Mince pie is a dessert with an identity crisis. Is it sweet entremets? Is it savory viand? The answer is—or at least used to be—both. "Mincemeat" pie used to be literally made of minced meat mixed with dried fruits. Originally this could be finely chopped mutton, beefsteak, or veal mixed with minced suet (beef fat) to moisten, along with raisins, currants, wine, and sweet spices, all in a buttery pie shell. It sounds rather repulsive to our refined, modern sensibilities, but this is a pretty typical medieval flavor profile. Back in the day, spices were so expensive that using them in everything was the easiest way to show off how baller you were. Most early recipes considered it "beft" to use cow tongue for the meat, boiled for two hours and peeled to remove that unfortunate, papillae-bedazzled skin. If you just puked a little in your mouth, you're not alone! This is why the pies eventually stopped including meat. (Though most still have suet—retch!)

Although the meaty dessert was originally an English Christmas necessity, traditional American Thanksgiving menus typically included a mince pie (and a plum pudding) as a fun throwback to the old English days. And if you remove the nasty chopped tongue and tallow from the equation, you end up with a beautiful pie that really does taste like the holidays. You can use pretty much any combination of dried fruits, as long as you end up with roughly a 1:1 ratio of dried fruit to apples. Here's my 21st-century version, which I like to make into a rustic galette.


Mince Pie Filling:

1/2 quince, peeled, cored and grated (adds nice fragrance and complexity, but is totally optional)

~ 2 cups of diced, peeled, cored apples (roughly three apples; I love golden russets for this)

2/3 cup raisins

2/3 cup dried apricots, chopped

2/3 cup dried cherries

1/4 cup candied ginger, chopped

1/4 cup dried cranberries

1 tsp fresh orange zest

1 tsp fresh lemon zest

1 tbsp lemon juice

1/4 cup brandy

1/2 cup packed brown sugar

2 tbsp honey (I used a dark, earthy buckwheat honey)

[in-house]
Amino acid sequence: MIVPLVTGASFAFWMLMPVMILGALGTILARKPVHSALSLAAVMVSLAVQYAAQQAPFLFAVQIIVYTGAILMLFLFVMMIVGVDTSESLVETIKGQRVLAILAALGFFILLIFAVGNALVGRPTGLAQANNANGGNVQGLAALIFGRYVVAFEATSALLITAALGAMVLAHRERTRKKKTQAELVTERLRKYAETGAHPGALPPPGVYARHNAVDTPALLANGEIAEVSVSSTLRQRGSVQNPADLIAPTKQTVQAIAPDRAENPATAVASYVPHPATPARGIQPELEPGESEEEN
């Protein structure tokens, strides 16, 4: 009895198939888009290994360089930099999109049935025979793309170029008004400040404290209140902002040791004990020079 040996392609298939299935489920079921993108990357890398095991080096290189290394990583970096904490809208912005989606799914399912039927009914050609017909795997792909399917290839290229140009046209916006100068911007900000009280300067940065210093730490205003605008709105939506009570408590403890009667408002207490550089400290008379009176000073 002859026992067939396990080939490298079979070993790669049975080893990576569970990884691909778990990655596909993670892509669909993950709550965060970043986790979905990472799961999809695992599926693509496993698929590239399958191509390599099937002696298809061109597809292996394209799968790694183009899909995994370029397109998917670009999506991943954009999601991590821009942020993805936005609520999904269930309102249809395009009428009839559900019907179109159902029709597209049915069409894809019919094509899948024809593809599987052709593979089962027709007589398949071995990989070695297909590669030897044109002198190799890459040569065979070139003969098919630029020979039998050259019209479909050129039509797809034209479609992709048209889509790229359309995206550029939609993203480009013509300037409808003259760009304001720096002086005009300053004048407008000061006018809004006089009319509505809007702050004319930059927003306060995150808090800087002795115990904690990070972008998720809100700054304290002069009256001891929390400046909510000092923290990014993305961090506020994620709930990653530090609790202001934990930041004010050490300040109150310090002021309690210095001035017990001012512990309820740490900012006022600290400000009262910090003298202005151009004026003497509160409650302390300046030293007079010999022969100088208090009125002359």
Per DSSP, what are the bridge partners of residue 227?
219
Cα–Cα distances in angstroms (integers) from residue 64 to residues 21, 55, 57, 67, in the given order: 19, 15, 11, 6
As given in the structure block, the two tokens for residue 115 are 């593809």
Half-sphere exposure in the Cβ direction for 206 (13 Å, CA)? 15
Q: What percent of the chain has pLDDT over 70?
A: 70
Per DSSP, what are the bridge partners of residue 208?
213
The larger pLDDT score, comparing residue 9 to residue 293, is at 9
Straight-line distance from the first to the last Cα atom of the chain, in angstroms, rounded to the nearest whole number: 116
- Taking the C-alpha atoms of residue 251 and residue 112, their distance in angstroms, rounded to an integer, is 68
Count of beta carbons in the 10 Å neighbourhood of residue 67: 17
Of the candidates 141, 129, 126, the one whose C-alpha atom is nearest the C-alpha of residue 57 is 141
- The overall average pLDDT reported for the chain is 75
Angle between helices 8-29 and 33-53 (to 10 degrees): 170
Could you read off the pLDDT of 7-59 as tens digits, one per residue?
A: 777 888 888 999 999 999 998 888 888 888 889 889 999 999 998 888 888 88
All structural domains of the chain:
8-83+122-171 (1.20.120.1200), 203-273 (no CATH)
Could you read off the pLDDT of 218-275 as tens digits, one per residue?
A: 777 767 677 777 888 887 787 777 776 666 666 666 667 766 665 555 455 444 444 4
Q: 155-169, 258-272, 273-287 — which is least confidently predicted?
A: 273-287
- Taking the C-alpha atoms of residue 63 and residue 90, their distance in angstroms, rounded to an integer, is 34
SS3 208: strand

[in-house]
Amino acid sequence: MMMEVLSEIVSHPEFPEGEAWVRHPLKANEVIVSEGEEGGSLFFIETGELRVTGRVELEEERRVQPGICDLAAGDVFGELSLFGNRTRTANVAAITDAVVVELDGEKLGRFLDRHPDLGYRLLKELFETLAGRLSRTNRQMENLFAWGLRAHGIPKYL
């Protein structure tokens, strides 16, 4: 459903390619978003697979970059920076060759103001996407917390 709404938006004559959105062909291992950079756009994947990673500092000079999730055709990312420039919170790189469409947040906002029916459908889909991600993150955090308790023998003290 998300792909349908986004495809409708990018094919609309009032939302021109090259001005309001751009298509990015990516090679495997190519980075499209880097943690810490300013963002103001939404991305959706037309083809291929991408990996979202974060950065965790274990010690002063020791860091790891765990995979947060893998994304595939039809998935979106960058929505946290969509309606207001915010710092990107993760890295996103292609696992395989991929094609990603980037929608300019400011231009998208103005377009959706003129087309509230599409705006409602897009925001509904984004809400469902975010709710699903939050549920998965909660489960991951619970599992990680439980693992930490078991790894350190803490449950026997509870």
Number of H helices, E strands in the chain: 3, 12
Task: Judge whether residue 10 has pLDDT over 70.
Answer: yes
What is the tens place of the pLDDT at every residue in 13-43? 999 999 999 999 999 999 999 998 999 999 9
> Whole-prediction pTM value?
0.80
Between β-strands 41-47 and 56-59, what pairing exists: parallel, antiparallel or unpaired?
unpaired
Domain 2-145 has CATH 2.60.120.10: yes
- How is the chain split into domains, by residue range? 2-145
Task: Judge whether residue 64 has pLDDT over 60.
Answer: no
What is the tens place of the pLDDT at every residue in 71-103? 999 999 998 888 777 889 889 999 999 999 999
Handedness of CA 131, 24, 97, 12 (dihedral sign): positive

1/4 tsp ground cloves

1/4 tsp black pepper

1/4 tsp nutmeg

1/2 tsp cinnamon

1/2 stick butter, diced (or freeze it and run it through a cheese grater)

Mix all of these in a big bowl and let it sit for a few days so the dried fruits can soak up the juices and brandy, and the apples can macerate in the sugar. Two or three days is great. Brits make it up to two weeks in advance and keep it in jars.


1 1/2 cup unbleached all-purpose flour

1 tsp salt

1 tbsp sugar

2 sticks cold butter (preferably frozen), cubed

~8 tbsp ice water

1 tbsp cream or milk and an additional tbsp sugar for brushing on the galettes

*You could totally just use store-bought pie dough if that's how you roll.

Hopefully you have a food processor, because this takes mere seconds if you do. Pulse the flour, sugar, and butter together once or twice to combine, then add the butter and pulse a few times until the mixture resembles coarse breadcrumbs (if you lack such futuristic technology, use forks or a pastry cutter instead). Sprinkle in the ice water and pulse a couple more times until the dough starts to come together (or mush it together with your hands). Pull the dough out of the processor bowl and mush it together to a cohesive ball. Don't overwork the dough or you'll start developing the gluten and it'll get tough! Divide the dough in two, then press the two balls into thick disks and wrap tightly in plastic wrap. Put these in the fridge for an hour or more to let it chill and relax a bit.

Make the galettes:

Preheat the oven to 425 degrees. Roll each disk of dough out into a nice big circle. You want the dough to be somewhere between 1/8- and 1/4-inch thick. Divide the mince fruit filling in half and spread a nice thick layer onto each dough round , leaving 2 inches of dough around the edge (think pizza). Fold the edges over onto the filling ever so artfully (but don't worry if it's not perfect because hey! galettes are rustic!). Brush the edges with the cream and then sprinkle on the sugar.

Bake the two galettes for about 30 minutes until golden brown and lovely. If you want to add a sprinkle of sliced almonds or something clever like that, wait until the last 10 minutes of baking so they don't burn.

Note: you could just make this into one pie instead, if you want. Do everything up to rolling out the dough, then just put one round in a pie pan, fill the shell, and then put the other dough circle on top. Press the edges together with that dainty pinching finger motion, and then slice a few artistic vents into the top crust with a knife. Brush the cream and sprinkle the sugar and bake the pie for about 35-40 minutes.